String query = "SELECT * FROM users WHERE username = '" + username + "'";
// ... execute the query

A static application security testing

 tool would spot the problems here, highlighting:

  • User input (username) flows directly to the query string.

  • String concatenation creates a vulnerable injection point.

  • No evidence of input sanitization or parameterized queries.

SAST tools have an extensive library of 'known bad' coding patterns for SQL injection.  Using taint analysis, a clear vulnerability is reported when they find input from a dubious source (like HTTP parameters) flowing into queries that match this pattern.

Many SAST tools understand common database frameworks and libraries (e.g., Hibernate, Entity Framework). This lets them tailor the analysis for how queries are built, helping avoid false positives and improving the accuracy of SQL injection detection.

They can also find subtle logic errors, such as misunderstood API uses, dangerous configurations, and unsafe data flows (leading to deserialization attacks). These will often escape standard testing but are prime SAST targets.

 

Static application security testing should be embedded as an automated step within continuous integration pipelines for optimal results. Developers get valuable feedback early and often, fostering proactive remediation rather than costly fixes post-deployment. When SAST tools generate outdated reports, re-scans throughout the SDLC become essential to avoid shipping new code with potentially overlooked vulnerabilities.

The Key Considerations of SAST

Despite its advantages, SAST possesses inherent limitations. Code analyzed without its runtime context naturally produces false positives–identifying issues that aren't exploitable in the specific application.

Consequently, experienced security engineers should establish processes for triaging alerts reported by SAST tools. Prioritization should be driven by contextual evaluation, determining the genuine exploitability and the associated risk to the business.

Therefore, these considerations are vital:

  • SAST is a part of a holistic approach: Do not rely on SAST as your sole security testing strategy. SAST's strength lies in static analysis; it cannot replicate the live conditions of a running application. To address runtime vulnerabilities, configuration weaknesses, and zero-day exploits, complement SAST with techniques like Dynamic Application Security Testing (DAST), Interactive Application Security Testing (IAST), and regular penetration testing.

  • You need an in-depth understanding of SAST outputs: While SAST is invaluable in uncovering code-level flaws, interpreting its output requires expertise. Many tools suffer from false-positive rates. Security engineers must be able to sift through reported issues, validate their true exploitability based on the application's architecture, and prioritize fixes accordingly. Failure to do so can lead to wasted resources and misaligned security efforts.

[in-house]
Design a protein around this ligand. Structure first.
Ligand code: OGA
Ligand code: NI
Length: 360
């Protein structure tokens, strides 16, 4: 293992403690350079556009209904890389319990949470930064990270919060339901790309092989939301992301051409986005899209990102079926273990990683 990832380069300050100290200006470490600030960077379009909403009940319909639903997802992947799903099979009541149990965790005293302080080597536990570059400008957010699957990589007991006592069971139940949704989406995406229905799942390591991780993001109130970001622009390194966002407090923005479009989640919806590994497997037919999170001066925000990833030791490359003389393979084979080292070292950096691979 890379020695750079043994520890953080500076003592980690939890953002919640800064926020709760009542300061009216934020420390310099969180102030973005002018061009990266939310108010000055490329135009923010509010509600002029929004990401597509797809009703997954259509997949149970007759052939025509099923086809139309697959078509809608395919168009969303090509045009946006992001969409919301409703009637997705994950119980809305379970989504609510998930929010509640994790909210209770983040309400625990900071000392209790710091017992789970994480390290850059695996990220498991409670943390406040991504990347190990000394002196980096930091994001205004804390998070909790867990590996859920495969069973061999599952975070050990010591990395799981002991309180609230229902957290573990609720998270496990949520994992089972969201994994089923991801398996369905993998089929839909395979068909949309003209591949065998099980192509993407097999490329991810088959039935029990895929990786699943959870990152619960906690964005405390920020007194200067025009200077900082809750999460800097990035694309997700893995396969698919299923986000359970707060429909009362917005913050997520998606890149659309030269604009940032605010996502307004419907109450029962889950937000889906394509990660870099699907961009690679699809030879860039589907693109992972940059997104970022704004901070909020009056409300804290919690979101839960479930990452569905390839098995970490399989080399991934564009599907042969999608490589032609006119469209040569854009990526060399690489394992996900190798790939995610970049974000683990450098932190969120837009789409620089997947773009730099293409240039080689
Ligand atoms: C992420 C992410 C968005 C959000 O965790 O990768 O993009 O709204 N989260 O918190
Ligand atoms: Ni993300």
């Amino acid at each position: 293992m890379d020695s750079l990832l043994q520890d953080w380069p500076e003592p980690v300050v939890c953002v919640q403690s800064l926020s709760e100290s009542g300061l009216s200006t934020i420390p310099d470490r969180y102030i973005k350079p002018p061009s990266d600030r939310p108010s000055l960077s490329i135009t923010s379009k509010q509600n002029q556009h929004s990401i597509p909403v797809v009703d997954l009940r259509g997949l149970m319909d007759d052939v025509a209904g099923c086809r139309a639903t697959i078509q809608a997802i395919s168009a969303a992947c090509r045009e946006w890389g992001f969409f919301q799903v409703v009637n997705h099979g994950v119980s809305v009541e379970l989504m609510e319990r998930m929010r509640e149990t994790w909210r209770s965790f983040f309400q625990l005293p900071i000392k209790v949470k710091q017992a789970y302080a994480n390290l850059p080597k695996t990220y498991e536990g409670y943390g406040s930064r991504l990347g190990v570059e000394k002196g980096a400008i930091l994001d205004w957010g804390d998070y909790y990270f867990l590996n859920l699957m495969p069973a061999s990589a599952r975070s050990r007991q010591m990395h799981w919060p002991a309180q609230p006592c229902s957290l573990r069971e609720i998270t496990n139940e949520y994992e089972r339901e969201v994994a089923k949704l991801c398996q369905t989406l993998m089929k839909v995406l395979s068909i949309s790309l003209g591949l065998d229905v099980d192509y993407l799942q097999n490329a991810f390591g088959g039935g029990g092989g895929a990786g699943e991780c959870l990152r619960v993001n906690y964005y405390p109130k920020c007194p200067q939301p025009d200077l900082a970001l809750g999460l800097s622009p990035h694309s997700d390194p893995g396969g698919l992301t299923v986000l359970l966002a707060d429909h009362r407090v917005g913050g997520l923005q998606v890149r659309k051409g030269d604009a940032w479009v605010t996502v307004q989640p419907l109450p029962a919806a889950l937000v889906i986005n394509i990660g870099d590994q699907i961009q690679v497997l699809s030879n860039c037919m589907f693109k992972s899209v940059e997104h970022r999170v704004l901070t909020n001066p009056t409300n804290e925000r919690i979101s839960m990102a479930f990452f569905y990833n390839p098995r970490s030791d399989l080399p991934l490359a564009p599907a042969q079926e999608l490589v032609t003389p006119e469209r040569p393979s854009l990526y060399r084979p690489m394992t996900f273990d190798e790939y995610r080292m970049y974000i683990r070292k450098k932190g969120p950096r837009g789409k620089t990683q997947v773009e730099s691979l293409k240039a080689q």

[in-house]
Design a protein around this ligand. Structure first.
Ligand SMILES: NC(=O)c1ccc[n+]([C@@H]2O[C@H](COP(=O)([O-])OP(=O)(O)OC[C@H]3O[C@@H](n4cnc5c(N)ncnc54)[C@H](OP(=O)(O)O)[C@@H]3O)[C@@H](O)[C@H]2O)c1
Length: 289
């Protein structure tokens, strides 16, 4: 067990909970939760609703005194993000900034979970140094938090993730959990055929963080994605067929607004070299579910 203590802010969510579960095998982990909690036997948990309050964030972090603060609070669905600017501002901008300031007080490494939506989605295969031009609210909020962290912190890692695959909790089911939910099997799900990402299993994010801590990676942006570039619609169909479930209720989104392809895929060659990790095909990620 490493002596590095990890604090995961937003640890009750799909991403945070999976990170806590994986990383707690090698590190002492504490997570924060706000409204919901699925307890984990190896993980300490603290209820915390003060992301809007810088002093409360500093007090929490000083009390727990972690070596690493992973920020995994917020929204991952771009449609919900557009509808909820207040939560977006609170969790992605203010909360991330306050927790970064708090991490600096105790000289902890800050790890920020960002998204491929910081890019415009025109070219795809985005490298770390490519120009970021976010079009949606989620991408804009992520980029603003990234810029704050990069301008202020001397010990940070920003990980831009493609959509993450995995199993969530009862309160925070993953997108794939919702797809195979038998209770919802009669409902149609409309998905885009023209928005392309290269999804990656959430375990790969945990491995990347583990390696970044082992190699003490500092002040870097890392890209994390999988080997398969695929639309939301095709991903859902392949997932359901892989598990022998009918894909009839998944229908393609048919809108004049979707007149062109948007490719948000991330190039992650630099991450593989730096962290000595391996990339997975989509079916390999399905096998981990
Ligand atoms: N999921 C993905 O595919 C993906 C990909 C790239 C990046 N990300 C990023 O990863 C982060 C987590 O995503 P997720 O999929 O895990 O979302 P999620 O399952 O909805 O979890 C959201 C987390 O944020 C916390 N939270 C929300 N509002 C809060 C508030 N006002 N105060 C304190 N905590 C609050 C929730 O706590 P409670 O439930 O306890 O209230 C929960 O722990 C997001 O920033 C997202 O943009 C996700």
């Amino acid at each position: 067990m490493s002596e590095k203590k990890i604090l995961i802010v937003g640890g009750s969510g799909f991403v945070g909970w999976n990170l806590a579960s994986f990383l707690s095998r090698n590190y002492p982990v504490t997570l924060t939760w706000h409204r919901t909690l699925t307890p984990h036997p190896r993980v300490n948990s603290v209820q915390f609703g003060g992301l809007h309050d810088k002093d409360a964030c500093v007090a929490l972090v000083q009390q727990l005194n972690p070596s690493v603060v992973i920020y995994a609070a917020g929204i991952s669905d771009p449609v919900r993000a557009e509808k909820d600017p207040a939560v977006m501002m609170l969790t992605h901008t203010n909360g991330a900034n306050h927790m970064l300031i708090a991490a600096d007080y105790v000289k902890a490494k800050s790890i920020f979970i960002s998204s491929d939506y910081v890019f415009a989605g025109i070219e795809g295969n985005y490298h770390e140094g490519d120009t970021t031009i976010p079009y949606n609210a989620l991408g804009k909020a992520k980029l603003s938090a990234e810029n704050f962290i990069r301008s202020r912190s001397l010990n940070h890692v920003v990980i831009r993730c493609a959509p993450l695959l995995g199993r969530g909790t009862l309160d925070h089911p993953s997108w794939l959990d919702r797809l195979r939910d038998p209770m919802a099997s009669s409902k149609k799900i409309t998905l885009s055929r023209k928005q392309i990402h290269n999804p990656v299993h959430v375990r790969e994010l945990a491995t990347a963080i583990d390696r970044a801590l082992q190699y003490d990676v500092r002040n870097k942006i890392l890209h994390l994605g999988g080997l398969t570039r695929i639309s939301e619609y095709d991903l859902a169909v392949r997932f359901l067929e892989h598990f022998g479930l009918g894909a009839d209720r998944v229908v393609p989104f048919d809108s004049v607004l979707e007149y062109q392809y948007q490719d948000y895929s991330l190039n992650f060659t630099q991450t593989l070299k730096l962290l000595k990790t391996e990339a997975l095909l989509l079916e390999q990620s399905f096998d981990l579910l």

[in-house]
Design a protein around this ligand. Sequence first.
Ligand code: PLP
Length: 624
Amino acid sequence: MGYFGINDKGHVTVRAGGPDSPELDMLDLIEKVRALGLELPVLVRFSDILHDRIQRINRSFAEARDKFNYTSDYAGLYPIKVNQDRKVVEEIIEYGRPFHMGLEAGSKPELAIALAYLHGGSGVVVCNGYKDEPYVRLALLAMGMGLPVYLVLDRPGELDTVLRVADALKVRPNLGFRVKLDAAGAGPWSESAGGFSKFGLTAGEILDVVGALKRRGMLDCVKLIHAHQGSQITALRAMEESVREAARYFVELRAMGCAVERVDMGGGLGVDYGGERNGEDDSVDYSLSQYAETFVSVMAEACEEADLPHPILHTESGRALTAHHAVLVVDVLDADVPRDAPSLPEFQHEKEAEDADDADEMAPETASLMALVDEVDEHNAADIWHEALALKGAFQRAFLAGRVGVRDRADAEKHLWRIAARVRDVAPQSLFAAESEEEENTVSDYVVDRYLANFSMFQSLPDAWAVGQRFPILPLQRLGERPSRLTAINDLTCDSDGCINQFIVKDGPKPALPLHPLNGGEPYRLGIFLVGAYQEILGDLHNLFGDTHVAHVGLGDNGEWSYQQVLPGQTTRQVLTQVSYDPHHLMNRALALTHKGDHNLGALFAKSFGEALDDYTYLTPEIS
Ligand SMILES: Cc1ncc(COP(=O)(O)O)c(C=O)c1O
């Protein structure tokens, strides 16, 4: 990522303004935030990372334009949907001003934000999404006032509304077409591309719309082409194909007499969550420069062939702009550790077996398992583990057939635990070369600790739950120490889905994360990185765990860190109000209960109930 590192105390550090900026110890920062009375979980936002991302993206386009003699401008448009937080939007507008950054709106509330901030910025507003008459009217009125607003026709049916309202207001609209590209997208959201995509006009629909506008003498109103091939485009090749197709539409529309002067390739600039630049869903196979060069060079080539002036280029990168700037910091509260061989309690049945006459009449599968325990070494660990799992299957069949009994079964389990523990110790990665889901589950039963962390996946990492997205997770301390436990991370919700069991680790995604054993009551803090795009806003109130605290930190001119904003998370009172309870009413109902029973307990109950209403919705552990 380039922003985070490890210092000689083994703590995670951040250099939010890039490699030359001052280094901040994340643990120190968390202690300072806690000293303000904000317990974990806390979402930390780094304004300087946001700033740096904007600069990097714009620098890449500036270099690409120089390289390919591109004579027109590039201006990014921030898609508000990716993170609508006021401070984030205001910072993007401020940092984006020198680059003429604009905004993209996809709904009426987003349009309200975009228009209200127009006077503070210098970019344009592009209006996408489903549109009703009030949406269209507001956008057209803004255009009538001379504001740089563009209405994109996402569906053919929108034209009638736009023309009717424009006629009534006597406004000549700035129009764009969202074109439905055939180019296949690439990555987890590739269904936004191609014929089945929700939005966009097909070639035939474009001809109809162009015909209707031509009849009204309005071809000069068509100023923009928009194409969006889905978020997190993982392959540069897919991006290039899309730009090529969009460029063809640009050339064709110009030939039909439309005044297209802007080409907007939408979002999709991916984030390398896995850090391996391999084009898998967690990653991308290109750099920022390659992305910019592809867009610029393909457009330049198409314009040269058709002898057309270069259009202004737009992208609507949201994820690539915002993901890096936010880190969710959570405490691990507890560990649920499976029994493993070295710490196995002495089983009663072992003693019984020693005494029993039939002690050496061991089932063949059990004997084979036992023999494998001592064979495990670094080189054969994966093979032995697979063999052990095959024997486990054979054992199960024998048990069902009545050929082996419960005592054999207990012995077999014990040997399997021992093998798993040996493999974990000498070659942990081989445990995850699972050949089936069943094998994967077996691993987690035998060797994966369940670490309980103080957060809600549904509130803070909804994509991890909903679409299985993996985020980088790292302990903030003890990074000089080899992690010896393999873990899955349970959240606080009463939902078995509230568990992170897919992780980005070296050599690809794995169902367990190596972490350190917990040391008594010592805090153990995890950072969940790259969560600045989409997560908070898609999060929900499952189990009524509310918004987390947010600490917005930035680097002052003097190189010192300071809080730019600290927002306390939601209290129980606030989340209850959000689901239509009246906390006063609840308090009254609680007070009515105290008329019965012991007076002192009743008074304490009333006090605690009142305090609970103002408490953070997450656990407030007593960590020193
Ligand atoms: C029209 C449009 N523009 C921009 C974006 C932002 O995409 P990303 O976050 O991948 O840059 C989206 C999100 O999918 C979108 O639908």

But, SAST will become more and more crucial in the testing pipeline. When evaluating SAST tools, you want to consider the following:

  • Developer Empowerment: Modern SAST tools go beyond reporting flaws; they can play a pivotal role in secure coding education. Look for solutions that seamlessly integrate with IDEs, offering developers immediate suggestions and remediation guidance. This proactive approach empowers developers to write secure code from the onset, reducing the likelihood of recurring vulnerability patterns.

  • The Value of Customization: Predefined rulesets within SAST tools are invaluable but rarely cover every nuance of your unique codebase. Organizations should invest time refining those rulesets, creating custom patterns to match internal coding standards, and identifying organization-specific vulnerabilities. This fine-tuning minimizes false positives and improves the tool's overall effectiveness.

  • Tool Maintenance and Overhead: SAST can introduce some overhead into development pipelines, particularly for large codebases. Monitor scan times and optimize tool configurations to avoid adversely impacting developer velocity. Additionally, be prepared for the ongoing maintenance of tool integrations and the constant refinement of security rulesets as your application and technological landscape evolve.

Using Codacy Security As Your Security Pipeline

SAST plays a vital role in modern application security (AppSec), empowering you to locate vulnerabilities earlier, where fixing them is more straightforward and less expensive. In the constant battle against malicious actors, SAST proactively strengthens your application's armor.

Static application security testing isn't a silver bullet: Security success involves a layered strategy. Pair SAST with DAST (Dynamic Application Security Testing), SCA for supply chain security, and penetration testing for robust risk mitigation.

Codacy Security excels in these areas, giving you an end-to-end security posture, providing deep code analysis, prioritizing developer support, and promoting flexible adaptation for maximum impact. By understanding the strengths and appropriate context of SAST, you move decisively towards a more secure software future.

Sign up for a free 14-day trial today to try it out.